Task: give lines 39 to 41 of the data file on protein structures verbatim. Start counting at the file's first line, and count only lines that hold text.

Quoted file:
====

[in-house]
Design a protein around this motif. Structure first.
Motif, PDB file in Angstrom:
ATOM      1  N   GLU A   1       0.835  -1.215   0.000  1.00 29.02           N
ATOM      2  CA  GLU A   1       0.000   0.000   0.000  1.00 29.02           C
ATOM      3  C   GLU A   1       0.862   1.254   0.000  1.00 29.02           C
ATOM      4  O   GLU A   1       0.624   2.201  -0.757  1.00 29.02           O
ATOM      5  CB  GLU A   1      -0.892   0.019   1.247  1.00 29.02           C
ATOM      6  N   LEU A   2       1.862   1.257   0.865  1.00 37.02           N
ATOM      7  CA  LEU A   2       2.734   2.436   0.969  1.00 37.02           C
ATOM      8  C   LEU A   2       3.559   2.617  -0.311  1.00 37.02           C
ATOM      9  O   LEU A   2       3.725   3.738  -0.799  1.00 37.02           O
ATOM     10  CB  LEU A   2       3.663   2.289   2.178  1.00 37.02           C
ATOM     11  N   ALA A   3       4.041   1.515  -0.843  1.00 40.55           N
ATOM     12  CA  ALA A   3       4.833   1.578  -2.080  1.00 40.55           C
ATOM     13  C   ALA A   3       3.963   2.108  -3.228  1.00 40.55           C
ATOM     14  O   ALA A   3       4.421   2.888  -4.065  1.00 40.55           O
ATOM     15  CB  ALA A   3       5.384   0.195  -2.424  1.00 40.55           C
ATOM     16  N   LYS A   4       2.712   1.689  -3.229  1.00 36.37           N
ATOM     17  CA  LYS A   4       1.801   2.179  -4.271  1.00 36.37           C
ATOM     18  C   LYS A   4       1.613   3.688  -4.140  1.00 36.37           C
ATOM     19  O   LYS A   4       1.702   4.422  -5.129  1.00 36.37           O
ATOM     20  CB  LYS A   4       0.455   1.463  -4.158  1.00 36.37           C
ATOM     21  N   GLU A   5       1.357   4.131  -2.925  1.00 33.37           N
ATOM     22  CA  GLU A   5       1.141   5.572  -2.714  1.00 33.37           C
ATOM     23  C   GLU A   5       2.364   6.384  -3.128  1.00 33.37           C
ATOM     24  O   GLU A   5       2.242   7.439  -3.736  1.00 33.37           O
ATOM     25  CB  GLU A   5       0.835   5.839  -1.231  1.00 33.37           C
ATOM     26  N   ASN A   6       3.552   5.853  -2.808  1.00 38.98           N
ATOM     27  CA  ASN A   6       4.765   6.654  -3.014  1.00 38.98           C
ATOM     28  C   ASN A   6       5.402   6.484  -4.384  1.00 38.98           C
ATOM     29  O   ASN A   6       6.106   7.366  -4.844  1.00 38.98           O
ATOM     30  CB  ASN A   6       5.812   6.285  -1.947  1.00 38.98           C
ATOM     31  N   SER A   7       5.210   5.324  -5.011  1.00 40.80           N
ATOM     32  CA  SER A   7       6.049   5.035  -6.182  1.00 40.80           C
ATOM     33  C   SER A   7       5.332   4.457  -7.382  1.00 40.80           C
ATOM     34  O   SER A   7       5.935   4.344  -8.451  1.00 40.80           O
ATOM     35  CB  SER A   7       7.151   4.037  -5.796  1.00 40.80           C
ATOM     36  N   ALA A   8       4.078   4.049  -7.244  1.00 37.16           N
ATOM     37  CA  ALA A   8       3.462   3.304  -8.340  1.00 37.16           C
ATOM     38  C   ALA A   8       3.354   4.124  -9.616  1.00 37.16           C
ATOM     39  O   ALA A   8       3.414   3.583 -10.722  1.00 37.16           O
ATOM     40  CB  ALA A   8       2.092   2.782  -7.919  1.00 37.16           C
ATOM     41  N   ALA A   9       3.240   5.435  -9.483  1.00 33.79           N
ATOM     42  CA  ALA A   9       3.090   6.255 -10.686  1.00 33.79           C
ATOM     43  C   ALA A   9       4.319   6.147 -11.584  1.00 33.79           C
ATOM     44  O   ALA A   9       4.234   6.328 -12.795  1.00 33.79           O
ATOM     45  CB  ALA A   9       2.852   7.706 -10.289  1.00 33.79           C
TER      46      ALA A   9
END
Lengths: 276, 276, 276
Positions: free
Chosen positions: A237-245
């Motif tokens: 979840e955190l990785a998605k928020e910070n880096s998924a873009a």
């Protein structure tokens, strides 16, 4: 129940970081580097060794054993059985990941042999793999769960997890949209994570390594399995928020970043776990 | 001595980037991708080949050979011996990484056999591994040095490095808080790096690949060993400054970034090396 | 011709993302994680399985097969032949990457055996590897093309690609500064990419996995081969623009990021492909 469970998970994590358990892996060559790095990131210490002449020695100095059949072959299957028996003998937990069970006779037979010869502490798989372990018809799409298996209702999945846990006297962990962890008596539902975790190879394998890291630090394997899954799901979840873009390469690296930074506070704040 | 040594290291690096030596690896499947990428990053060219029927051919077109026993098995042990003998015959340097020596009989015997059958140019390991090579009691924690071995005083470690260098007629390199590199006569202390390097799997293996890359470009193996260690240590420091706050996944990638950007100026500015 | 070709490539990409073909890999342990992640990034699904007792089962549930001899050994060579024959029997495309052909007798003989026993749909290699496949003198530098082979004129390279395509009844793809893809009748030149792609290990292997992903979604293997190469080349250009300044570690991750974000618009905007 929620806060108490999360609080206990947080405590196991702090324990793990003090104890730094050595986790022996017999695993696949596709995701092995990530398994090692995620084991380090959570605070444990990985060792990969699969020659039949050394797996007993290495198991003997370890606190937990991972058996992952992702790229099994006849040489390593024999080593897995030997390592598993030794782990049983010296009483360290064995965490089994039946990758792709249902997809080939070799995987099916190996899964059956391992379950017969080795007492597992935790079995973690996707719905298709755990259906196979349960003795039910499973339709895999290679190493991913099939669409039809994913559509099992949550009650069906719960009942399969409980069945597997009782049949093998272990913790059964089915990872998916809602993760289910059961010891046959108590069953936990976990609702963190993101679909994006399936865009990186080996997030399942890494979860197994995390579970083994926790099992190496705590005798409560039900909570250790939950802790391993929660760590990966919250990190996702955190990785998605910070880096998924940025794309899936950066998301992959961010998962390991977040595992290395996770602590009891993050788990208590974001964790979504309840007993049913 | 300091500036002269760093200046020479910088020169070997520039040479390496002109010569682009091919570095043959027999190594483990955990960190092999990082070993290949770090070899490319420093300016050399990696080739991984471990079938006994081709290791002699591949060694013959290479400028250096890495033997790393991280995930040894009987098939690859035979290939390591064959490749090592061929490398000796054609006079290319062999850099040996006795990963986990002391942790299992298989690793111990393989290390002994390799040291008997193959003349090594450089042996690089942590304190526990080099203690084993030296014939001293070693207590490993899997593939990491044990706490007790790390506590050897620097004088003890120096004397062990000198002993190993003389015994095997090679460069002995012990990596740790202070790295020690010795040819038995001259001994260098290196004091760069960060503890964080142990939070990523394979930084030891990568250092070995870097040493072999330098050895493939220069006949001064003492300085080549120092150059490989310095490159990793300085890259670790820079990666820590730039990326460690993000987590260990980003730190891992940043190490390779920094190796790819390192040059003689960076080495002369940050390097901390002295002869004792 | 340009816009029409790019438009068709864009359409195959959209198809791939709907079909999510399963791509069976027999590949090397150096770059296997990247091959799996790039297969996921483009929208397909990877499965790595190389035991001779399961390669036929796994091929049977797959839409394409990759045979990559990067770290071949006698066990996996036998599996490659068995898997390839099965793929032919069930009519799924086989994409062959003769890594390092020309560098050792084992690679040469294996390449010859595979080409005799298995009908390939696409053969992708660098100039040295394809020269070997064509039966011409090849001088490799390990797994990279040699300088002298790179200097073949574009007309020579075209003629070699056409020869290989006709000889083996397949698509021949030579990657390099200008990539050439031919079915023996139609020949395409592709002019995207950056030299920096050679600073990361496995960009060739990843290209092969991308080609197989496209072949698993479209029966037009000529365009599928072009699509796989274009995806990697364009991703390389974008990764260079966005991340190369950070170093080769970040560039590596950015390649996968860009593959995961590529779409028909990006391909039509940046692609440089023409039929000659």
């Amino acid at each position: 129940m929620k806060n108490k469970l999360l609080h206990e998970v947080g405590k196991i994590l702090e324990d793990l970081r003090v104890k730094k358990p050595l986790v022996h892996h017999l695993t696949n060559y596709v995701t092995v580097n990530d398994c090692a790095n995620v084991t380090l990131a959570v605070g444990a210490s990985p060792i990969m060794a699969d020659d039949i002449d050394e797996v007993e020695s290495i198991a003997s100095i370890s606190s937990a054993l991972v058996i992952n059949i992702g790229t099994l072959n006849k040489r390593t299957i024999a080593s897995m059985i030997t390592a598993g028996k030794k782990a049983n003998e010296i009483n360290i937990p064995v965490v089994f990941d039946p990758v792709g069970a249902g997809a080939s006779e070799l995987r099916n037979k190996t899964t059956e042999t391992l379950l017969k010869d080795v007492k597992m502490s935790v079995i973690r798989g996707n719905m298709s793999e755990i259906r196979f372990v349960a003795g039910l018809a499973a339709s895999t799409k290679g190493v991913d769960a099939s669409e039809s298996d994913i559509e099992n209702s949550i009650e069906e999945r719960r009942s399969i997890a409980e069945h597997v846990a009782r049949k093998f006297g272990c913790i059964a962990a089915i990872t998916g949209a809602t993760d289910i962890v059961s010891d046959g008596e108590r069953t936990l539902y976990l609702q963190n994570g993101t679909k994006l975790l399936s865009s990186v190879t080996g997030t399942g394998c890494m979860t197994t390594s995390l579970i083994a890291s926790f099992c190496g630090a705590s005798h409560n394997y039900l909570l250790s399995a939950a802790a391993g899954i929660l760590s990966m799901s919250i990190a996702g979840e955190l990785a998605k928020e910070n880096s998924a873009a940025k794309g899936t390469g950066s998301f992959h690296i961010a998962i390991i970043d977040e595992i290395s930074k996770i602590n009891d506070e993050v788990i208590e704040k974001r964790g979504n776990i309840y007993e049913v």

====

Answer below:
ATOM     36  N   ALA A   8       4.078   4.049  -7.244  1.00 37.16           N
ATOM     37  CA  ALA A   8       3.462   3.304  -8.340  1.00 37.16           C
ATOM     38  C   ALA A   8       3.354   4.124  -9.616  1.00 37.16           C